Roth Conversion 9 Months Out From Retirement - Too Late To Make Sense? | Ed Slott and Company, LLC

Roth Conversion 9 Months Out From Retirement - Too Late To Make Sense?

I'm sure this has been addressed many times before so I'll not expect lengthy responses or explanations, but do hope some of the experts out here can essentially give me a thumbs up or down type guidance. The specifics:

1. Spouse and I plan to work until Mar 2021, then plan to retire. I will be 63, she will be 55.
2. 2019 AGI = $423k; Taxable Income $399k. 2020 will come in the same.
3. No kids, so no plans for heirs to inherit
4. We've deferred most of spouses income in last four years to pay lower taxes when it distributes after retiring
5. We have the cash to pay taxes - but since our tax rate is probably the highest now it will ever be, this is the reason we have not done it. We would need to liquidate some fund shares that quaify for long term gain rates
6. We have about $3.3m set aside in various accounts (taxable brokerage, 401k's; nondeductible IRA's; RSU stock; cash; deferred compensation)
7. Home is paid for - no mortgage

So, given the above and less than a year before retirement, is this no longer soemthing we should even consider and move on?
I am not an accountant or CPA, so overly techincal explanations may be tough to decipher. Explain it as if speaking to your Golden Retriever.

  • If you are planning on leaving a large amount to charity, you would be less inclined to convert and pay a high tax rate, since charities will not pay taxes on what you leave them.
  • Otherwise, you would generally convert when your current marginal rate is lower than or no higher than what you expect it to be in retirement. The case for converting when tax rates are estimated to be about the same will apply if you have very little in your Roths now. Converting will give you some tax diversification, and be aware that the surviving spouse will be paying higher rates for the years they must file as single.
  • If you have after tax amounts in your 401k accounts, you should do a split rollover with the after tax amounts going to your Roth IRA as a tax free rollover. Or if each spouse has IRA basis (Form 8606 from making prior non deductible contributions), convert for the spouse that has the higher basis %.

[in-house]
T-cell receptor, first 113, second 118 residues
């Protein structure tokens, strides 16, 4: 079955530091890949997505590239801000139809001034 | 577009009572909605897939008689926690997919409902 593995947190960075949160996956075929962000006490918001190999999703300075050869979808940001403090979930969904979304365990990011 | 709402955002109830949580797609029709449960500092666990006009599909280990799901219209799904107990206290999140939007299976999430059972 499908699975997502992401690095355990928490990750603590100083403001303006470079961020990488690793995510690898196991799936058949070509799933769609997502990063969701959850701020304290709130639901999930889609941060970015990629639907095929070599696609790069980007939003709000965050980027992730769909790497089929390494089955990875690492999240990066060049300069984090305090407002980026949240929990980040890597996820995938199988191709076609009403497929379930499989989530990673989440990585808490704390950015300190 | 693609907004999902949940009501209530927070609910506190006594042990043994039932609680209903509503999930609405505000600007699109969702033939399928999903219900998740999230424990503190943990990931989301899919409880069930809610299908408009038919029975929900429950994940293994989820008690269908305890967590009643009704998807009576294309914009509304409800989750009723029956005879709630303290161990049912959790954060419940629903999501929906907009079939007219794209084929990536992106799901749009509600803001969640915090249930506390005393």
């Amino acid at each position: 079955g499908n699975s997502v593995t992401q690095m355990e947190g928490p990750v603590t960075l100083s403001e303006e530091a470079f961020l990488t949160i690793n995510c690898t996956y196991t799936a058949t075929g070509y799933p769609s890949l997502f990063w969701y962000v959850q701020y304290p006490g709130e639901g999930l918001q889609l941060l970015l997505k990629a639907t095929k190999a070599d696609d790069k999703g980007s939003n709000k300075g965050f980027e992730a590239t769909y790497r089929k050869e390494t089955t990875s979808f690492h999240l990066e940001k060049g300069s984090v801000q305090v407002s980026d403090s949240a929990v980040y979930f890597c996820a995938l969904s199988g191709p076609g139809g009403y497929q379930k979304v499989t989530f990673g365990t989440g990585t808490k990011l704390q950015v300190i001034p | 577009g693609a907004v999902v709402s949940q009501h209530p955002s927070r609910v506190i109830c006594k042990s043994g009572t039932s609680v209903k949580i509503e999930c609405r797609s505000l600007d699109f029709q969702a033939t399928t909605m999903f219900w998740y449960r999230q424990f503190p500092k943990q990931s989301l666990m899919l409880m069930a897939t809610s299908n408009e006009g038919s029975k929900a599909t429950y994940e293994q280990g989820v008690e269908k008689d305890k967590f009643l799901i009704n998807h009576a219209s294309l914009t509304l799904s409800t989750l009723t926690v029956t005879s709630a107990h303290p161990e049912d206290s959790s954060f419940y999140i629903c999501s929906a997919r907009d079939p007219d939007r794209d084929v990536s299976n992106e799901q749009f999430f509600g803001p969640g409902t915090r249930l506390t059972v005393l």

• If your current income includes high wage or self employment income, that will stop when you retire and your marginal rate will drop, but if it is mostly investment income, not so much.
  • Therefore, you might have some good conversion years after considering the above, possibly starting in 2021, but after 2021 and before you claim SS benefits or RMDs begin. 

I get a marginal tax rate for 2019 of 32.9% Certainly our tax rate in retirement would be less wouldn't it?

Your taxable income in 2021 will have to drop by about 70k to get your top rate down to 24%, so the first 70k of reduction roughly saves you 32% of the reduction in taxes. The next dollars over 70k fall in the 24% bracket. As for long term tax rates, it depends on the amount of future taxable income. SS will add to income to the extent of 85% of your combined benefits and you might be adding a pension instead of current earnings. Your RMDs do not start until you are 72. Tax rates are also scheduled to increase in 2026 when the current rates sunset. Politicians may well not even wait that long to make changes. Therefore, you should develop a general strategy for conversions, but will have to revisit it each year and certainly when any major taxable income changes occur or Congress changes the rates, most likely upward.

Given our ages and retirement planning, I do not intend to take SS until age 70.5 (2028) and spouse not until 2036, RMD's as required. No pension or other sources of income.

Good idea, as that gives you more lower income years to convert amounts you choose to. Note- SS delayed credits stop at 70, not 70.5, so you should claim no later than age 70.